The big complication is that every building is a prototype. The wide range of factors involved — including site location, orientation, size, purpose, number of occupants and technologies used — mean that every new or refurbished building presents a different set of challenges to its designers and ultimate operators.

While car manufacturers have mastered the art of combining components from various suppliers into a pretty seamless product, building engineers are battling to make boilers from Germany work with control systems from Scandinavia, and solar panels from China integrate with pipework systems forged by various suppliers all over the UK and Europe.

Manufacturers of building-services technologies are providers of building components. While they can justify claims about their own individual product under laboratory testing conditions, they cannot make any promises at all about how something is going to work once it is installed in a building and linked to many other components.

The secret is to keep things as simple as possible and to consider the outcome at the very start of the process. Conventional gas-fired heating is an example of how the industry has been able to refine its technology to deliver better results, and the task now is to make sure systems are properly commissioned and controlled in operation.

Renewables clearly have a place, but the trick is in making the basic system and fabric as efficient as possible before looking at where an emerging technology might add value. The way these systems work in tandem with a building’s envelope is critical and, often, mysterious. Planning officials and clients need to be presented with a coherent and persuasive argument showing that integration always beats expensive ‘green bling’, especially when it is used inappropriately.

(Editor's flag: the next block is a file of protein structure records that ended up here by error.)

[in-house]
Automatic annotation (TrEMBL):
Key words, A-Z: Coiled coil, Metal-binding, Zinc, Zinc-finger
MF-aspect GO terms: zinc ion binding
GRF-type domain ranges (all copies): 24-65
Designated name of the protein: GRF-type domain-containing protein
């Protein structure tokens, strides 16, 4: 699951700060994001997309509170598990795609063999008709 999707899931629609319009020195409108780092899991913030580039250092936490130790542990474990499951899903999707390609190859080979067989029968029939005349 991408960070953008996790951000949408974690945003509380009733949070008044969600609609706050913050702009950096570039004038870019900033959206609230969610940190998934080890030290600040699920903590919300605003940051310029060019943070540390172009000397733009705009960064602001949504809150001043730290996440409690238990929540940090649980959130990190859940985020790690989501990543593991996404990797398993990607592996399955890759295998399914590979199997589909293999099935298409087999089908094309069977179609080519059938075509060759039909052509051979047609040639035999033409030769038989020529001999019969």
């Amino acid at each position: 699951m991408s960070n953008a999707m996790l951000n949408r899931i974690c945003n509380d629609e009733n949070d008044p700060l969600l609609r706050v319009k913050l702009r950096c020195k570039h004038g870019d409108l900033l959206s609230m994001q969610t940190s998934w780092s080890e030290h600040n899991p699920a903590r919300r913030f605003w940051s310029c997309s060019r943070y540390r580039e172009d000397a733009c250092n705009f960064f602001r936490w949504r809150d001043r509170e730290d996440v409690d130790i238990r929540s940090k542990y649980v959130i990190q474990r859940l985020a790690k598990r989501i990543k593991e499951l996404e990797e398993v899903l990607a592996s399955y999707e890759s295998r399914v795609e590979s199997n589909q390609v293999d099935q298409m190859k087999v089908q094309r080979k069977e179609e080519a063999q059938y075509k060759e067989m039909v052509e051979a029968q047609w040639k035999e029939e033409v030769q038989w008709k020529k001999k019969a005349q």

Is renewable energy to reduce a building’s carbon footprint a solution or a complication?

They should also have a requirement to check the installed system is delivering the carbon saving claimed. The planning process should not be a simple tick-box operation. Sadly we seem to believe that because something is installed it works. Merely siting a solar thermal array on the roof of a building is enough to satisfy current planning requirements.

Part of the contractor’s role should be pointing out that things need to be simpler to give the building operator a chance of managing the systems successfully. The new systems being deployed to meet low-carbon targets can be more difficult for users to understand, particularly where multiple controls are used to control multiple systems.